In theory, any private IP range could be in use by any private network, so I doubt you'll find a best practice, or anything that's going to be universally applicable if you're hard-coding the address. The best practice would be to make it configurable and allow the client network to assign the device a private address (via DHCP, for example). If that's not ...


4

The mail from: in the smtp conversation is designed to be the place where bounces will go The From: header in the message body is used to display to the recipient and as the reply address if the Reply-to: header isn't set. Emails which shouldn't generate a bounce should set the empty sender in the envelope, for instance a return receipt will usually have: ...


4

Automated processing is a big reason. You want to be able to send any bounces/autoreplies/errors to be processed separately, otherwise those messages disappear, or get ignored, or some poor sap has to dig through them. Yes, adding an X- header for processing is possible, but a lot of the time bounces/etc. won't include the original email or only a mangled ...


4

I have not seen multiple addresses in the From field used for legitimate purposes. The few cases I have seen were on spam, and had multiple copies of the same address. I don't know of any message composition software which support lists in this context. The cases I consider it to could be appropriate are relatively few, and in my experience are handled ...


4

Yes you are correct. The section you quoted says that it must be a quoted string OR a dot atom. Since its clearly not a quoted string (the lack of enclosing " makes that clear) it must be a dot-atom... That leads us to the definition of dot-atom: Look at this except from RFC 5322 (3.2.3 - page 13) (RFC 2822 contains a similar section) the hint is the 1* ...


4

The Neighbor Discover Protocols, of which Router Advertisements are a part, is currently the only way to auto-configure the router options for a client. It's being debated whether this is an actual shortcoming of the DHCPv6 protocol, or if NDP-RA is sufficient. There's more than a few people who contend DHCPv6 is wholly unnecessary and should be deprecated ...


3

Microsoft has published information regarding their journaling format http://technet.microsoft.com/en-us/library/bb331962.aspx However email journaling does not appear to be a formal standard


3

The correct answer would be "read the RFC", but an easier to remember version would be "that's exactly how mailing lists work". You send an email "to" the mailing list, and then it gets delivered to all subscribers. None of the subscribers are in the To, Cc, or Bcc lines.


3

The Content-ID does not indicate that a image should be displayed inline. This header is needed to reference the embedded data within HTML. As an email is a text-message there is no reason to display an image embedded, as long as the mail is plain-text. Some clients does display the data inline regardless of the format is HTML or plain-text. But this is ...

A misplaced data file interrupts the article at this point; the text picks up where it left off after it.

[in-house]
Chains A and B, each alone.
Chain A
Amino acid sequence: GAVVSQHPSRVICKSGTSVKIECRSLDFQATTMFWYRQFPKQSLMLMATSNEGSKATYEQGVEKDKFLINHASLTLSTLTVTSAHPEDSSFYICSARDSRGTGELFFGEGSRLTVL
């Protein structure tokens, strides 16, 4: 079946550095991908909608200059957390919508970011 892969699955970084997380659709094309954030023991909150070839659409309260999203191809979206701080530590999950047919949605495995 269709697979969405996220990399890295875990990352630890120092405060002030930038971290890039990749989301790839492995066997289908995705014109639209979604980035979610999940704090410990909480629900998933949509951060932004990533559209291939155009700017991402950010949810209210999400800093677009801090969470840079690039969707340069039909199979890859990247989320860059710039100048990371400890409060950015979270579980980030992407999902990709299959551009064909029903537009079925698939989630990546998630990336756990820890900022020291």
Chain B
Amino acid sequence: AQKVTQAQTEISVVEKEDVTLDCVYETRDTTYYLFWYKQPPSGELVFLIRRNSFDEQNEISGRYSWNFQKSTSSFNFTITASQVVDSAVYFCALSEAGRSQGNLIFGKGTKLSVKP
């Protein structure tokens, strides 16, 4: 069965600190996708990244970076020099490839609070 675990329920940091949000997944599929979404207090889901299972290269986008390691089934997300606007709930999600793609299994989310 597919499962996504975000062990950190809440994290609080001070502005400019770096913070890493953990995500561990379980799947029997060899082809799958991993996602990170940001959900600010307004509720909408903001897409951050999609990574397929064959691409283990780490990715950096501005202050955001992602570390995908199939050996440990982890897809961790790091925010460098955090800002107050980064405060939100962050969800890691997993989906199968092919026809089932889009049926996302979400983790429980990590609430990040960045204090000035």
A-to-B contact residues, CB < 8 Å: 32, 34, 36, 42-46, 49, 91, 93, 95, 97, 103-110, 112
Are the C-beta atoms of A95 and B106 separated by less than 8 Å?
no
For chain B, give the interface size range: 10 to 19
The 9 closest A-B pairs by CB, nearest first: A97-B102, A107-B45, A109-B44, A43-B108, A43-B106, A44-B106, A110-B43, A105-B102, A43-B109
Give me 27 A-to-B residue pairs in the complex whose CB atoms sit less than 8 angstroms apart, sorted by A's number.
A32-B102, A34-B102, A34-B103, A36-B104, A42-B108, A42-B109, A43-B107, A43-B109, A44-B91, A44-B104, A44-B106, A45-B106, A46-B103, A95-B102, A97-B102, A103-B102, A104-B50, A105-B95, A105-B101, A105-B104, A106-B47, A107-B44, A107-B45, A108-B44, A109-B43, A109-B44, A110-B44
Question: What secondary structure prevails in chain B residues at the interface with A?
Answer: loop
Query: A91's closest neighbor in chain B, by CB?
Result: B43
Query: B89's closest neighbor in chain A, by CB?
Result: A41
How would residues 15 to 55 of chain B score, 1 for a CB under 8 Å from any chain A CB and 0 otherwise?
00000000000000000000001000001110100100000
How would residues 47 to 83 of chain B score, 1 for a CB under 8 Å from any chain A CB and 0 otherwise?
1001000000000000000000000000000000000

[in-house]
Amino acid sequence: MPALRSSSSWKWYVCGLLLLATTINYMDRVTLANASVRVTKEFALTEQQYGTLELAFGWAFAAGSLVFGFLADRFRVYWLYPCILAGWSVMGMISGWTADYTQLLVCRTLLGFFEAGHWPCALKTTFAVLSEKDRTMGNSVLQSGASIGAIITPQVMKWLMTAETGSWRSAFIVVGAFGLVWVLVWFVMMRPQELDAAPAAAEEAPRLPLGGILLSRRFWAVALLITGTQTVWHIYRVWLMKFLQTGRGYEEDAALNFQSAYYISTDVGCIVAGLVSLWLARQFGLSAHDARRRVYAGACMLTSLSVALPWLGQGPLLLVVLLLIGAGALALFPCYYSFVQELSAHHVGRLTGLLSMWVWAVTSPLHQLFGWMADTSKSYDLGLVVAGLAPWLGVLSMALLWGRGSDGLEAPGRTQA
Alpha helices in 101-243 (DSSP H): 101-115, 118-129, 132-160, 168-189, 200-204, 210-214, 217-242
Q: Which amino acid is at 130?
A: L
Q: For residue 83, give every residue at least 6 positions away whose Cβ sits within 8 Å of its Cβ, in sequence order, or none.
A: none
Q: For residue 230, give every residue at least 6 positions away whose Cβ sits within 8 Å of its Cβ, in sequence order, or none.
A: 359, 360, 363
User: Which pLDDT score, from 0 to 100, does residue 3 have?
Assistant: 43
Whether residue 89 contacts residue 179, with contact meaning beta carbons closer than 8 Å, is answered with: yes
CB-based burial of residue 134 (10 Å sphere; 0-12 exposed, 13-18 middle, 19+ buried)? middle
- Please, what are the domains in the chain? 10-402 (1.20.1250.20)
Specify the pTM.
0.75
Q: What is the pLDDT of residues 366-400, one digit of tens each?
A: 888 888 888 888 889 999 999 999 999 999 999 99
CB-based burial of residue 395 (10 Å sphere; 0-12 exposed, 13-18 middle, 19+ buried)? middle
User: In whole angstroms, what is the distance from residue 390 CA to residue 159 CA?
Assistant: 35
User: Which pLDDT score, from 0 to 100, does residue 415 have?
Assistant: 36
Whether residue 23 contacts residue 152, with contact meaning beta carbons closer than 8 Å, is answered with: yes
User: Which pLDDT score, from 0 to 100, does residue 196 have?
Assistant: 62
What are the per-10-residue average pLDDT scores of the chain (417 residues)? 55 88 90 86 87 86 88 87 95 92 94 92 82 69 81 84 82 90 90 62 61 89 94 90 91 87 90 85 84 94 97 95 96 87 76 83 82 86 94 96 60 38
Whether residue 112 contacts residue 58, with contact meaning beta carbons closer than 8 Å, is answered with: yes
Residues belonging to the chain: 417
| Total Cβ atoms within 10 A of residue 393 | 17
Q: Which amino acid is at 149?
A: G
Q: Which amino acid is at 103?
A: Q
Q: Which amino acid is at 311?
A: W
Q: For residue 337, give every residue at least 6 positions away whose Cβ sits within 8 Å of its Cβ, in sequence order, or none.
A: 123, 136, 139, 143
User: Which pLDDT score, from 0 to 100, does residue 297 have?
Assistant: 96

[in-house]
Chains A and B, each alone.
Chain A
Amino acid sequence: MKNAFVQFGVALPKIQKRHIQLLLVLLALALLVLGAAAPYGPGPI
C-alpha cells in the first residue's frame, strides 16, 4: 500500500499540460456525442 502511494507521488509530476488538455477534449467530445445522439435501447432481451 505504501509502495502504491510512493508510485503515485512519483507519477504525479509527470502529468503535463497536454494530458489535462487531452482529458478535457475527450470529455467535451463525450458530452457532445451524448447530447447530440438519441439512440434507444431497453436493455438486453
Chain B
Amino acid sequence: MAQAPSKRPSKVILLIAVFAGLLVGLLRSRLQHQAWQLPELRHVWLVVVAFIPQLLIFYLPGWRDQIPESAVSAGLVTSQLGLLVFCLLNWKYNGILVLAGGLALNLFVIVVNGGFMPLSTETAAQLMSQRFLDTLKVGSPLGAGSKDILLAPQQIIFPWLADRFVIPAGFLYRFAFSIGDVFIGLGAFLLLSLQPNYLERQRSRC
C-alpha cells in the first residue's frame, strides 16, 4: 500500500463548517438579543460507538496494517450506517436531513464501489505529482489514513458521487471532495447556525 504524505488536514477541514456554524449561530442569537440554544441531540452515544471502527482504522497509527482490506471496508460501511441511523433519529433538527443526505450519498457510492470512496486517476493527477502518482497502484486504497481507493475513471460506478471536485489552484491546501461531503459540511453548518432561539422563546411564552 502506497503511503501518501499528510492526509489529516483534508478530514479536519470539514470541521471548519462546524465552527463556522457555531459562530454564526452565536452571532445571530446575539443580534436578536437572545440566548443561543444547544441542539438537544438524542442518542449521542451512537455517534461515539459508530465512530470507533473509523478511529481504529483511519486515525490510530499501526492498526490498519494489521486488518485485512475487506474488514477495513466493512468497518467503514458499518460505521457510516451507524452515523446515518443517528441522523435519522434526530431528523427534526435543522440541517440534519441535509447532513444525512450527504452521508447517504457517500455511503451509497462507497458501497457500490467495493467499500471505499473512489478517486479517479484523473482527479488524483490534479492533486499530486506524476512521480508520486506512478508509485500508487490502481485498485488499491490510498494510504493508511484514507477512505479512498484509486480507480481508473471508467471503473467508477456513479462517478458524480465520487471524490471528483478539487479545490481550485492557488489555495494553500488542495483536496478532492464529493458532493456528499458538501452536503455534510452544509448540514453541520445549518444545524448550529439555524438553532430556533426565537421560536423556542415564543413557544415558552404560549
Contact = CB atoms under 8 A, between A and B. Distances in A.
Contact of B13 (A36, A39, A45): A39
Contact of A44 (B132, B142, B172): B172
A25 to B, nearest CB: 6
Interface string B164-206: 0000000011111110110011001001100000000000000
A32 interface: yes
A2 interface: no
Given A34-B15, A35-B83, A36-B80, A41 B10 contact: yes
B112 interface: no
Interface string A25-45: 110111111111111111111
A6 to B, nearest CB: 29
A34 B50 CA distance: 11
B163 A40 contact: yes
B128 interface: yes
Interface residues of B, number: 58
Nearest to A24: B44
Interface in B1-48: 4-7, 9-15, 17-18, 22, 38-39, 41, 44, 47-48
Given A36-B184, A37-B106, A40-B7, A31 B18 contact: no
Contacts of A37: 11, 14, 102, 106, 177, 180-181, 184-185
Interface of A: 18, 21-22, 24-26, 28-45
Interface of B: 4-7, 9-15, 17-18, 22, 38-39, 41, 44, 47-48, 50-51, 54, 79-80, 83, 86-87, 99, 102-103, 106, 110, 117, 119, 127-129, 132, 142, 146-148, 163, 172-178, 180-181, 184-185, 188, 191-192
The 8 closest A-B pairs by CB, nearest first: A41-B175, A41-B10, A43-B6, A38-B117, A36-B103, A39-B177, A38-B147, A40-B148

3

I think you're looking for the Content-Disposition header field, which allows you define the presentation style of a body part (such as an image) to be inline or attachment. Here's an inline example created by Thunderbird: --------------040202010204080305090405 Content-Type: image/png; name="test.png" Content-Transfer-Encoding: base64 Content-ID: ...


3

Generally speaking, the hostname should be an A record, since there are places where it's not permitted to use CNAME when that hostname is referred to in other DNS records (e.g. the MX record case you gave). For what it's worth, I'd wonder what you're trying to achieve by having multiple interfaces? If they're to provide redundancy, then a better method ...


3

There are many reasons why the Header and Envelope From addresses may not match. Most concern automated processes sending mail, where delivery issues need to be reported to an address that is not representative of who sent the mail, or who it was sent on behalf of, or who should be replied to. Mailing lists as you've pointed out are a good example. The ...


2

I use zonecheck (http://www.zonecheck.fr/). It doesn't do everything that some paid DNS checking services do, but it does do many check, is both free and Free, and is available in many distros' standard repositories (see here and here for Debian/Lenny) so is relatively easy to install on your own internal services instead of relying on other sites.


2

As host names were around before anyone even thought about writing an RFC about them I can't see any reason single character host names should suddenly become "illegal". That particular RFC lost me when it stated This RFC is the official specification because an RFC is NOT a standard. Not even close. Despite the foregoing, it must be noted that the ...


2

Have you got to this in 2460: 8.2 Maximum Packet Lifetime Unlike IPv4, IPv6 nodes are not required to enforce maximum packet lifetime. That is the reason the IPv4 "Time to Live" field was renamed "Hop Limit" in IPv6. In practice, very few, if any, IPv4 implementations conform to the requirement that they limit packet lifetime, so this ...



Only top voted, non community-wiki answers of a minimum length are eligible